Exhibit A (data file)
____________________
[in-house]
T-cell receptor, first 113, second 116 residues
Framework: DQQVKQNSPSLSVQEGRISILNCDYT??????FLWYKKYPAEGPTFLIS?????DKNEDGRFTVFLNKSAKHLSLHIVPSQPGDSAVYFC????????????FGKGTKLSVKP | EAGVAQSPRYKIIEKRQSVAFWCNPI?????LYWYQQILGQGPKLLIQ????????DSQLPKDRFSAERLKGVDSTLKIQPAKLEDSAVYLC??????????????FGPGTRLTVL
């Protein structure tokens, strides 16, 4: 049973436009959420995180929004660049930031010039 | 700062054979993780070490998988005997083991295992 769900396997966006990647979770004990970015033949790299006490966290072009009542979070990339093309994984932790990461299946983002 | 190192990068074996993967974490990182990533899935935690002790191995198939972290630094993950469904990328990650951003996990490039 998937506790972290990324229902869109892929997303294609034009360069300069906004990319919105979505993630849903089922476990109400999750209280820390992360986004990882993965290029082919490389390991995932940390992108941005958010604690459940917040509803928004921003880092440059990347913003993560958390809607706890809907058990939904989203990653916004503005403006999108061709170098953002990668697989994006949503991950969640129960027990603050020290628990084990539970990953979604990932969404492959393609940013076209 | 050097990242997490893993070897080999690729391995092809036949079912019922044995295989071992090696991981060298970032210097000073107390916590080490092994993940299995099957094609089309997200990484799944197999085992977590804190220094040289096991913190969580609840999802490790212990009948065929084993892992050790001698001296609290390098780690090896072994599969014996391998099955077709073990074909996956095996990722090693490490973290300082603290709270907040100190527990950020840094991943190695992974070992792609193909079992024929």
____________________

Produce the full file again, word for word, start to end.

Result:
[in-house]
T-cell receptor, first 113, second 116 residues
Framework: DQQVKQNSPSLSVQEGRISILNCDYT??????FLWYKKYPAEGPTFLIS?????DKNEDGRFTVFLNKSAKHLSLHIVPSQPGDSAVYFC????????????FGKGTKLSVKP | EAGVAQSPRYKIIEKRQSVAFWCNPI?????LYWYQQILGQGPKLLIQ????????DSQLPKDRFSAERLKGVDSTLKIQPAKLEDSAVYLC??????????????FGPGTRLTVL
């Protein structure tokens, strides 16, 4: 049973436009959420995180929004660049930031010039 | 700062054979993780070490998988005997083991295992 769900396997966006990647979770004990970015033949790299006490966290072009009542979070990339093309994984932790990461299946983002 | 190192990068074996993967974490990182990533899935935690002790191995198939972290630094993950469904990328990650951003996990490039 998937506790972290990324229902869109892929997303294609034009360069300069906004990319919105979505993630849903089922476990109400999750209280820390992360986004990882993965290029082919490389390991995932940390992108941005958010604690459940917040509803928004921003880092440059990347913003993560958390809607706890809907058990939904989203990653916004503005403006999108061709170098953002990668697989994006949503991950969640129960027990603050020290628990084990539970990953979604990932969404492959393609940013076209 | 050097990242997490893993070897080999690729391995092809036949079912019922044995295989071992090696991981060298970032210097000073107390916590080490092994993940299995099957094609089309997200990484799944197999085992977590804190220094040289096991913190969580609840999802490790212990009948065929084993892992050790001698001296609290390098780690090896072994599969014996391998099955077709073990074909996956095996990722090693490490973290300082603290709270907040100190527990950020840094991943190695992974070992792609193909079992024929």